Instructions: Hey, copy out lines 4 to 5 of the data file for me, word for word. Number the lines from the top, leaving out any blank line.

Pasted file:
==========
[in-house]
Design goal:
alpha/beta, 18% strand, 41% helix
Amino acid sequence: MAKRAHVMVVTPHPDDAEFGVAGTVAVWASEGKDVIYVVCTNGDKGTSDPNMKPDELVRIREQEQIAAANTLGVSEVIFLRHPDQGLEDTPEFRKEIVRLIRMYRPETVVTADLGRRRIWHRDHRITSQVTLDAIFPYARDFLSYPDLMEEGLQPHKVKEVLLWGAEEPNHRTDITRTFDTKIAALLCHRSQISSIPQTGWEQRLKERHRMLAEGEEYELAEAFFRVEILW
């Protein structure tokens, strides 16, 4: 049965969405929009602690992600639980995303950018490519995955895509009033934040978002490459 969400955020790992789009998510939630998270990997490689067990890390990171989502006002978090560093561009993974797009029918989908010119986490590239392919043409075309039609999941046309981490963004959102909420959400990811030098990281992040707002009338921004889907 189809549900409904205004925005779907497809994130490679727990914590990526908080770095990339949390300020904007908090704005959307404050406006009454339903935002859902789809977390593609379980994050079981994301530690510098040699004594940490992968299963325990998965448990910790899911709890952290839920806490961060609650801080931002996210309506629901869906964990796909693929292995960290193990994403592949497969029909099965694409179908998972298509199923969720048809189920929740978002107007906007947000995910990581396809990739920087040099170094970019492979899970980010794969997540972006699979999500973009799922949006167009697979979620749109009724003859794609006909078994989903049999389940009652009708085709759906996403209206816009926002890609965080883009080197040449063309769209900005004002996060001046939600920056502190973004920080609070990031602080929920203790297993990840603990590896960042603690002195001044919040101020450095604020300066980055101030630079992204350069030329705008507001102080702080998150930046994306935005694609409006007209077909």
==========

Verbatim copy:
Amino acid sequence: MAKRAHVMVVTPHPDDAEFGVAGTVAVWASEGKDVIYVVCTNGDKGTSDPNMKPDELVRIREQEQIAAANTLGVSEVIFLRHPDQGLEDTPEFRKEIVRLIRMYRPETVVTADLGRRRIWHRDHRITSQVTLDAIFPYARDFLSYPDLMEEGLQPHKVKEVLLWGAEEPNHRTDITRTFDTKIAALLCHRSQISSIPQTGWEQRLKERHRMLAEGEEYELAEAFFRVEILW
């Protein structure tokens, strides 16, 4: 049965969405929009602690992600639980995303950018490519995955895509009033934040978002490459 969400955020790992789009998510939630998270990997490689067990890390990171989502006002978090560093561009993974797009029918989908010119986490590239392919043409075309039609999941046309981490963004959102909420959400990811030098990281992040707002009338921004889907 189809549900409904205004925005779907497809994130490679727990914590990526908080770095990339949390300020904007908090704005959307404050406006009454339903935002859902789809977390593609379980994050079981994301530690510098040699004594940490992968299963325990998965448990910790899911709890952290839920806490961060609650801080931002996210309506629901869906964990796909693929292995960290193990994403592949497969029909099965694409179908998972298509199923969720048809189920929740978002107007906007947000995910990581396809990739920087040099170094970019492979899970980010794969997540972006699979999500973009799922949006167009697979979620749109009724003859794609006909078994989903049999389940009652009708085709759906996403209206816009926002890609965080883009080197040449063309769209900005004002996060001046939600920056502190973004920080609070990031602080929920203790297993990840603990590896960042603690002195001044919040101020450095604020300066980055101030630079992204350069030329705008507001102080702080998150930046994306935005694609409006007209077909």